09/15/2005 05:51 pm ET | Updated May 25, 2011

The Return of Media Reform

Media coverage of Hurricane Katrina has caused many to marvel at a rare event: Corporate media diverging from White House talking points, criticizing the administration, and bypassing the Karl Rove spin machine. Unlike Iraq coverage, we're seeing the real, graphic and disturbing realities. But the real story is not how good press coverage of Katrina has been: It is the abysmal state of the media to which it's being compared.

There are several media issues on the docket in Washington this fall that will have a profound impact on whether the media will get better or worse.

Media Ownership: Most major media outlets are already owned by a handful of massive corporations whose only concern is the bottom line. FCC Chairman Kevin Martin - under tremendous pressure from media corporations and their friends at the White House - is expected to begin the process of lifting ownership caps that prevent daily newspapers from owning radio and TV stations in the same market and vice versa. These are the same rules Michael Powell pushed in 2003 – prompting millions of calls to Congress and the FCC. Martin is hoping to sneak them in quietly before the general public starts paying attention.

Public Broadcasting: The United States provides less funding for public broadcasting than any other developed nation (per capita). Without good public service media, all we’d have left are the commercial media that provide a profoundly narrow range of debate. We’ve seen the virtual elimination of investigative journalism (into substantive political issues, not the celebrity of the month), rampant commercialism, and an ever-cozier relationship between government, media and corporate elites. Yet this summer the House voted to slash nearly half of the budget for public broadcasting – which was already being attacked from the right for its alleged “liberal bias.” Huge public backlash pushed the House to restore some of the money and convinced the Senate to move a bill with full funding. The two versions soon will be reconciled. But don’t be surprised if the Republicans try to cut funding again, citing the huge cost of cleaning up after Katrina.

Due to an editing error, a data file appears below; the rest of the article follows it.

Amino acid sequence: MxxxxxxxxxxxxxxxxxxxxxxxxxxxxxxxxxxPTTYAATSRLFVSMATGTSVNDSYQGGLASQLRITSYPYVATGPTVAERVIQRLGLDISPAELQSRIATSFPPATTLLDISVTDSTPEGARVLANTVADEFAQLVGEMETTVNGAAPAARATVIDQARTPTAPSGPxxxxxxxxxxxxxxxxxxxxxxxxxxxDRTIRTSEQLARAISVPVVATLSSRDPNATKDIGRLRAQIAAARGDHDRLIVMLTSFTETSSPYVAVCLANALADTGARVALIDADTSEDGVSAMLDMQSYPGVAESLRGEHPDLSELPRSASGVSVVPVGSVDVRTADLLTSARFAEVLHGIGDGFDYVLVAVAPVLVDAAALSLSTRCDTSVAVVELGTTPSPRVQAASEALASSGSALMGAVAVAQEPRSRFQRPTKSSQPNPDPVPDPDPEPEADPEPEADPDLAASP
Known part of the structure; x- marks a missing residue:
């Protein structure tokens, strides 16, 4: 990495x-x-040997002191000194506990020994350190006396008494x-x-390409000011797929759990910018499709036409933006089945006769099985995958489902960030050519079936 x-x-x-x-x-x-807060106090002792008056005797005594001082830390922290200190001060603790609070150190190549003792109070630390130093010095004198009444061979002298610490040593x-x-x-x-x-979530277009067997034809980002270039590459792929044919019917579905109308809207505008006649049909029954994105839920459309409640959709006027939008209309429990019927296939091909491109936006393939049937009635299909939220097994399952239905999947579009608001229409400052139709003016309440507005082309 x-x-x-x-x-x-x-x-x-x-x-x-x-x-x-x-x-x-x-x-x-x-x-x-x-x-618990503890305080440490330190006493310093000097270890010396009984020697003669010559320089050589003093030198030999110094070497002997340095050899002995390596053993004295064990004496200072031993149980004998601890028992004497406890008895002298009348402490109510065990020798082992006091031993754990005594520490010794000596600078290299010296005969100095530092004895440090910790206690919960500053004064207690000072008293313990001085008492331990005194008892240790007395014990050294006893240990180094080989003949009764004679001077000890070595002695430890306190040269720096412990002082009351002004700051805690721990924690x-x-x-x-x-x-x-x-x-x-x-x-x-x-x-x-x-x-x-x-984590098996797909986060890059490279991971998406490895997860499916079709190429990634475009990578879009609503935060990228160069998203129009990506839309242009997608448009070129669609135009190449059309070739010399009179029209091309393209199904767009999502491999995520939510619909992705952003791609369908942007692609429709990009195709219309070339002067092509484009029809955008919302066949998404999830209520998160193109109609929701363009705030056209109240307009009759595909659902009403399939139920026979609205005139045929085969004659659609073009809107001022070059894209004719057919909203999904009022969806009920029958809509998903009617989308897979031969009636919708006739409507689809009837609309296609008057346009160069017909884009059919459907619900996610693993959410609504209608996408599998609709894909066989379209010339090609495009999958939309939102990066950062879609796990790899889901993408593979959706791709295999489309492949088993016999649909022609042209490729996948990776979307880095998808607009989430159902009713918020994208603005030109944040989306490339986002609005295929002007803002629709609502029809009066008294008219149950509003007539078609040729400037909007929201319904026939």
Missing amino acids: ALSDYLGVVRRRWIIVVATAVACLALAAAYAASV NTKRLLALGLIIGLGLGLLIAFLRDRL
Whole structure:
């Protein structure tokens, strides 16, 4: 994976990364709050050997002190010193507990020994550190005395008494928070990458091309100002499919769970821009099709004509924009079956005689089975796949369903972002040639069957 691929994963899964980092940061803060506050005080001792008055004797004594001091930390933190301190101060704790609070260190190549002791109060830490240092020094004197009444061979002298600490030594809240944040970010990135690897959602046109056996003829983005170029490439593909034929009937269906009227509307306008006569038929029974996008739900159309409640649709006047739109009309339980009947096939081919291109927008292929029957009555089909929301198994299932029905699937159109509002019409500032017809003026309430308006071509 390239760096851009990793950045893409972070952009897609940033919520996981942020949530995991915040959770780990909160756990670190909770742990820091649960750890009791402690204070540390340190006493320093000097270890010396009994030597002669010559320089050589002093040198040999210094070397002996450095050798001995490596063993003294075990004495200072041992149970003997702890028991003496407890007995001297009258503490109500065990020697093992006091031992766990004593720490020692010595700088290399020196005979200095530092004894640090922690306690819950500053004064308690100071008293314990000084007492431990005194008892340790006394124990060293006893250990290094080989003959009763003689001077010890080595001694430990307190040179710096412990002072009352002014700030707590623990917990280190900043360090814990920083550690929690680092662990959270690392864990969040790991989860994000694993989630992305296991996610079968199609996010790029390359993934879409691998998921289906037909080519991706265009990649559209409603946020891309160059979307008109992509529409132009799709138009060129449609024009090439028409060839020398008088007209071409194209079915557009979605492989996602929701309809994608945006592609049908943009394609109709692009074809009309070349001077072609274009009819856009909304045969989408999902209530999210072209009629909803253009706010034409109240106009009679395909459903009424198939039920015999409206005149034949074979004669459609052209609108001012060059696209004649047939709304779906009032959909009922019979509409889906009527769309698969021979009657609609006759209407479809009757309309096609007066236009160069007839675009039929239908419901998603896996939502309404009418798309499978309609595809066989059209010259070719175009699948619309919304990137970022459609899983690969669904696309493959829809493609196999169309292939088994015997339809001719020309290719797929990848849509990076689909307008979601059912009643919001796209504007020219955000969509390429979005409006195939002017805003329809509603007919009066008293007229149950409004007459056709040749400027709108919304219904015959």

Broadband over the Public Airwaves: Congress will decide whether to provide Americans with a chance at affordable broadband. Using a slice of the public airwaves being returned to the government as part of the digital television transition, legislators could designate the people’s airwaves to support high-speed, wireless Internet. This is about the future of communications in America, as TV, radio and telephones will soon be all delivered to your home via a broadband connection. Opening the airwaves to low-cost Internet access would be a huge boon to consumers; most people can’t afford broadband (65% of Americans don’t have it). But Congress has competing priorities. They want to auction off your spectrum to pay for war and tax cuts for the rich, leaving us stuck with the corrupt system we currently enjoy: duopoly control of Internet access by cable and telephone companies that charge high prices for slow connection speeds. What passes for “broadband” here is 100 times slower than what they’re rolling out in Japan and South Korea. The United States is now ranked 16th in the world in broadband penetration, having slipped from fifth when Bush took office.

If you want better media, you need better media policy. So keep an eye on these crucial media policy debates and weigh in as they play out this fall. Just don’t count on the corporate media to tell you what’s going on.